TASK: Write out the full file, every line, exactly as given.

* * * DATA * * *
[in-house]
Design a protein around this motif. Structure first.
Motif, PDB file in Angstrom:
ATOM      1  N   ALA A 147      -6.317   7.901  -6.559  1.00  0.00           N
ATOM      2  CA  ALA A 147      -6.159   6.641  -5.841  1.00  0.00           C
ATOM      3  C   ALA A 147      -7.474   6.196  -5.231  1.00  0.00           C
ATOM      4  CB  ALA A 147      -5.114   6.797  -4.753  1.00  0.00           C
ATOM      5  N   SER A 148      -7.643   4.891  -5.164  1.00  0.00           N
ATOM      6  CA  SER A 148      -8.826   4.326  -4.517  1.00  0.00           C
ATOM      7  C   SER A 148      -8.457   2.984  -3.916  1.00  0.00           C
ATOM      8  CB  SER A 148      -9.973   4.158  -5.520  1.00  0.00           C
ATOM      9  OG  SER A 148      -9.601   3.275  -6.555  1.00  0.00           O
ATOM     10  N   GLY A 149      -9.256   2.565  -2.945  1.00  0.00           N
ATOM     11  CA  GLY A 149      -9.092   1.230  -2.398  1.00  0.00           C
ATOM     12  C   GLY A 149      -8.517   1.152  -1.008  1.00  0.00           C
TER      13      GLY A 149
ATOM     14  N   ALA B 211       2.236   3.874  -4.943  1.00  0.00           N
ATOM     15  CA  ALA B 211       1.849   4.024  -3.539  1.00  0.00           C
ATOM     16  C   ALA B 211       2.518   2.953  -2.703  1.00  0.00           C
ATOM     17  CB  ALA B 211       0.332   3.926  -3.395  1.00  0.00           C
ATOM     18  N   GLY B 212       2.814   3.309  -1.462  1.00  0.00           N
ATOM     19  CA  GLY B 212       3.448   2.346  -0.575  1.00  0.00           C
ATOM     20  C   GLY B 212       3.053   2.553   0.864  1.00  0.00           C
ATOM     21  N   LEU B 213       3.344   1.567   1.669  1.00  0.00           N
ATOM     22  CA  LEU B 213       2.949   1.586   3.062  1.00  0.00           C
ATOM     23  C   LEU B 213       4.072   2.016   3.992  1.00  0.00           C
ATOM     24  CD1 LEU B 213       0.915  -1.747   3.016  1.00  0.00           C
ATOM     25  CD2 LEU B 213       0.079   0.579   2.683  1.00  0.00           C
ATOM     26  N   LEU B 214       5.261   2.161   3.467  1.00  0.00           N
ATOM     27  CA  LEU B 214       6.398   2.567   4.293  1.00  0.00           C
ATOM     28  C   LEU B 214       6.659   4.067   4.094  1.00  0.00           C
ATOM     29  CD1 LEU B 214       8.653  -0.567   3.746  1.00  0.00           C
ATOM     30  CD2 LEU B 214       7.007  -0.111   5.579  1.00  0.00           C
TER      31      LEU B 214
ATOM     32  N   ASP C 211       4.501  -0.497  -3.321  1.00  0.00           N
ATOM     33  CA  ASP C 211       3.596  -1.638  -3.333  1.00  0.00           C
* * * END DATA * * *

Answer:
[in-house]
Design a protein around this motif. Structure first.
Motif, PDB file in Angstrom:
ATOM      1  N   ALA A 147      -6.317   7.901  -6.559  1.00  0.00           N
ATOM      2  CA  ALA A 147      -6.159   6.641  -5.841  1.00  0.00           C
ATOM      3  C   ALA A 147      -7.474   6.196  -5.231  1.00  0.00           C
ATOM      4  CB  ALA A 147      -5.114   6.797  -4.753  1.00  0.00           C
ATOM      5  N   SER A 148      -7.643   4.891  -5.164  1.00  0.00           N
ATOM      6  CA  SER A 148      -8.826   4.326  -4.517  1.00  0.00           C
ATOM      7  C   SER A 148      -8.457   2.984  -3.916  1.00  0.00           C
ATOM      8  CB  SER A 148      -9.973   4.158  -5.520  1.00  0.00           C
ATOM      9  OG  SER A 148      -9.601   3.275  -6.555  1.00  0.00           O
ATOM     10  N   GLY A 149      -9.256   2.565  -2.945  1.00  0.00           N
ATOM     11  CA  GLY A 149      -9.092   1.230  -2.398  1.00  0.00           C
ATOM     12  C   GLY A 149      -8.517   1.152  -1.008  1.00  0.00           C
TER      13      GLY A 149
ATOM     14  N   ALA B 211       2.236   3.874  -4.943  1.00  0.00           N
ATOM     15  CA  ALA B 211       1.849   4.024  -3.539  1.00  0.00           C
ATOM     16  C   ALA B 211       2.518   2.953  -2.703  1.00  0.00           C
ATOM     17  CB  ALA B 211       0.332   3.926  -3.395  1.00  0.00           C
ATOM     18  N   GLY B 212       2.814   3.309  -1.462  1.00  0.00           N
ATOM     19  CA  GLY B 212       3.448   2.346  -0.575  1.00  0.00           C
ATOM     20  C   GLY B 212       3.053   2.553   0.864  1.00  0.00           C
ATOM     21  N   LEU B 213       3.344   1.567   1.669  1.00  0.00           N
ATOM     22  CA  LEU B 213       2.949   1.586   3.062  1.00  0.00           C
ATOM     23  C   LEU B 213       4.072   2.016   3.992  1.00  0.00           C
ATOM     24  CD1 LEU B 213       0.915  -1.747   3.016  1.00  0.00           C
ATOM     25  CD2 LEU B 213       0.079   0.579   2.683  1.00  0.00           C
ATOM     26  N   LEU B 214       5.261   2.161   3.467  1.00  0.00           N
ATOM     27  CA  LEU B 214       6.398   2.567   4.293  1.00  0.00           C
ATOM     28  C   LEU B 214       6.659   4.067   4.094  1.00  0.00           C
ATOM     29  CD1 LEU B 214       8.653  -0.567   3.746  1.00  0.00           C
ATOM     30  CD2 LEU B 214       7.007  -0.111   5.579  1.00  0.00           C
TER      31      LEU B 214
ATOM     32  N   ASP C 211       4.501  -0.497  -3.321  1.00  0.00           N
ATOM     33  CA  ASP C 211       3.596  -1.638  -3.333  1.00  0.00           C